“It can get hot and heavy,” he said. “There are weeks that can go over 80 hours. It can be a tough profession, and you’ve got to take days off once in a while to avoid burn out. The arts are as challenging of a business as any other. We deal with so many different personalities and market forces, but the unique challenge for us is we provide a product that costs us twice as much as it sells for on the open market.”
Luttinger has visited many places during his tenure as a touring musician, and he’s convinced that Central New York is the best place in the United States, if not the world, for music education. He calls the region a “hot spot” with a very robust curriculum.
There is still a strong need, however, to teach young people how to improvise musically, which is a crucial skill in jazz. To address that challenge, Luttinger established summer jazz workshops. Each year, the program has run at full capacity with 60 students. Many, if not most of the local high schoolers who make the All-Central New York Jazz Ensemble are graduates of Luttinger’ s summer program.
Still, Luttinger explained, developing a life-long love of jazz music has been a difficult task. Plenty of kids participate in high school bands in high school, but few continue to support their local arts as adults.
“This is a new generation of cultural consumers, and we really don’t know why this disconnect exists,” Luttinger said. “Kids are not buying tickets or attending events.”
Another way to attack that problem is for school to invite more professional musicians into their facilities for performances, assemblies or clinics. Luttinger says he can remember every professional musician who ever played in his school when he was growing up, and those events definitely inspired his love of music.
Looking ahead, CNY Jazz has established a five-year plan to extend instrumental music education to urban youth in low-income neighborhoods. As part of that plan, a jazz education center is being targeted for a potential ground breaking next year. Luttinger has already started the grant-writing process. His agency is forging partnerships with various human service agencies, including the North Side Learning Center and the Spanish Action League of Onondaga County.
“Our goal is to create equal access to arts and culture for the disadvantaged,” he said. “My motivation comes from my days with the old metro school for the arts. We used to have an open door based on ability to pay. We want to restore this and bring those opportunities back to Syracuse’s underserved urban youth.”
Ryan Drake, the organization’s director of marketing and development, said Luttinger has maintained the same charisma and level of engagement that he showed when Drake took his first trumpet lesson from Luttinger 17 years ago.
“With the students then, or anyone he is working with now — it does not matter what level they were at,” said Drake, who enjoyed a career as a performer in New York City before returning home to Syracuse. “He just wanted you to be part of the program. His idea was, ‘let’s just get you through the door.’ He gave me great advice: Be flexible in your career, and don’t just think about always being a performer. Be smart about the business and be knowledgeable about all parts of the industry.”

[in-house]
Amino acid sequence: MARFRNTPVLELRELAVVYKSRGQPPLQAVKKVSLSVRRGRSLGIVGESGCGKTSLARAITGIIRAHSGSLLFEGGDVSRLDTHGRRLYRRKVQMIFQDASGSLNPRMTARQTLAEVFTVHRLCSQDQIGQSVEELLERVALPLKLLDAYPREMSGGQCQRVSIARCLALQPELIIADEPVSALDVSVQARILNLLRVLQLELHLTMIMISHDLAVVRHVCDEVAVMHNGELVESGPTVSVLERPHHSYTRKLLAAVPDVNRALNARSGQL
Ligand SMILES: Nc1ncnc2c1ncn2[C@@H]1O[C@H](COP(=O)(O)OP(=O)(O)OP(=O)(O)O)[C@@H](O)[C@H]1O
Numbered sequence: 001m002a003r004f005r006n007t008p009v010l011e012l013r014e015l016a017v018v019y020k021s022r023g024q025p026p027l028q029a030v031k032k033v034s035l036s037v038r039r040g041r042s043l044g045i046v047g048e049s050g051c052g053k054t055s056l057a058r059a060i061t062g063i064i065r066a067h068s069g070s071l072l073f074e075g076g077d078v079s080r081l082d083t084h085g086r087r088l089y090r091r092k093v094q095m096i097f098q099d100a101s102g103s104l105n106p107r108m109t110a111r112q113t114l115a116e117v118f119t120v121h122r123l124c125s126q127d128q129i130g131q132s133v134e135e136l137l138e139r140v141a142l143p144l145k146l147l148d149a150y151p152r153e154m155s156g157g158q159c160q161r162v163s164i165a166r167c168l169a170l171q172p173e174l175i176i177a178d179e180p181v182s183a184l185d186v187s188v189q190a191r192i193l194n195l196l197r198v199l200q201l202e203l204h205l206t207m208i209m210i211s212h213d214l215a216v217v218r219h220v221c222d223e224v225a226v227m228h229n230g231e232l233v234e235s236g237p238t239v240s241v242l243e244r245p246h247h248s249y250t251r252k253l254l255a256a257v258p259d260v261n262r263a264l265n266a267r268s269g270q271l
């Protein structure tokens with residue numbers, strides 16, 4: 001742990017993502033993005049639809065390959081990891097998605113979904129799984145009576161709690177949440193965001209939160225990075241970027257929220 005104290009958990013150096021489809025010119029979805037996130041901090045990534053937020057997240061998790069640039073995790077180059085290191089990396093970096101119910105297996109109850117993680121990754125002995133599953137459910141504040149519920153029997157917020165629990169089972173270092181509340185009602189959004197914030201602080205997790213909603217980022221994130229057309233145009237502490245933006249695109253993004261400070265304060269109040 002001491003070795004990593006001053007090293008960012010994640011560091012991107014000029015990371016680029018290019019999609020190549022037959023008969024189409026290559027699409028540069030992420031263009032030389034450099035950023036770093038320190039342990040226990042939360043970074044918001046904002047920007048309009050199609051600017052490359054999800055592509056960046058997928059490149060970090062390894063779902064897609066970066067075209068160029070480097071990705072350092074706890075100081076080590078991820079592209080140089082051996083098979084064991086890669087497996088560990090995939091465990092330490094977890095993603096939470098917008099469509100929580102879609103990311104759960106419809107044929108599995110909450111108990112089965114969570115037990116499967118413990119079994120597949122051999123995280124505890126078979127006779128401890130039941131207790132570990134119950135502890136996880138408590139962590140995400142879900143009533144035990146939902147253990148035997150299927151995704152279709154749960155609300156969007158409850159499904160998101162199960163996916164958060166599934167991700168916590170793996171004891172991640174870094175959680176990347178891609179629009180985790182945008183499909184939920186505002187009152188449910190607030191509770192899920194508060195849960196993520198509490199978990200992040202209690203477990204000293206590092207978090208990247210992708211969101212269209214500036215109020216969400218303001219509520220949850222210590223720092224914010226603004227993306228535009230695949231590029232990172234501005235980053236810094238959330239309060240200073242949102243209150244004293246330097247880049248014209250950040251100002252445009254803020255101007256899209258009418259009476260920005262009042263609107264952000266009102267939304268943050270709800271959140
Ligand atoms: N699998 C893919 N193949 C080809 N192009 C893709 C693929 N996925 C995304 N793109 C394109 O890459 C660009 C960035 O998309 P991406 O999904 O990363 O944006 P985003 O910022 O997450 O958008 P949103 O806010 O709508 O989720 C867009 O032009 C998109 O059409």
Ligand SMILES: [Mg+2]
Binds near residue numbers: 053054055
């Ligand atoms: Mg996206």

Luttinger noted that he rarely gets a chance to go out to watch live performances for his own enjoyment. Once in a while, he and his wife, Margaret, will go out for dinner and try to catch a concert somewhere in the local area, but it does not happen as often as they would like.
Luttinger and Margaret, who is employed as a corporate counselor, have a cottage on Lake Ontario that they enjoy during the summer months. They have two grown sons, Max and Jake. Jake lives in the Albany area and is employed as a teacher. Max has remained in the Syracuse area and works in real estate. Both boys played instruments in high school and still consider music a big part of their lives.
While there is a special place in Luttinger’s heart for jazz, classical and rock ‘n’ roll, he maintains that there is no genre of music that he does not like. But every genre, he says, has had its share of flops.
“There are no barriers in musical enjoyment,” he said, “but there is honest music and dishonest music. If it’s produced professionally, I love it. If it’s over-produced, I don’t love it.”
Luttinger applauds MTV for creating an audio-visual art form for pop and rock music, but he does not like the direction pop music has taken in more recent years. “It used to be welcoming to new ideas and new artists,” he said, “but today it has become a corporate culture.”
Fishing on Lake Ontario, Vegan Diet, Retirement
When he is not performing, listening or planning all things musical, Larry Luttinger enjoys spending time on Lake Ontario, reading, fishing, golfing and bird watching. He says his profession is not conducive to exercise regimens, but he does try to take long walks as often as he can.
Luttinger has maintained a vegan diet for seven years now. At first, it was a difficult lifestyle change for someone who grew up on the German-American staple of meat and potatoes. But with a little creativity and spice, he grew accustomed to the healthier foods quickly and immediately noticed a difference in his metabolism and energy levels.
“No dairy and no meat,” he said. “It can be difficult at a lot of restaurants, because there is cheese on so many things. But I guess I am a ‘Bill Clinton vegan’ — I’ll have a piece of salmon once or twice a month!”
Luttinger remains focused on his organization’s five-year plan, and is already thinking about longer-term goals. Retirement is not on his radar right now. But someone who has made it a mission to share a love of music and arts to as many people as humanly possible can never really retire.
“There should be no barriers to enjoying the arts,” he said. “If we find there are any barriers, then they must be brought down.”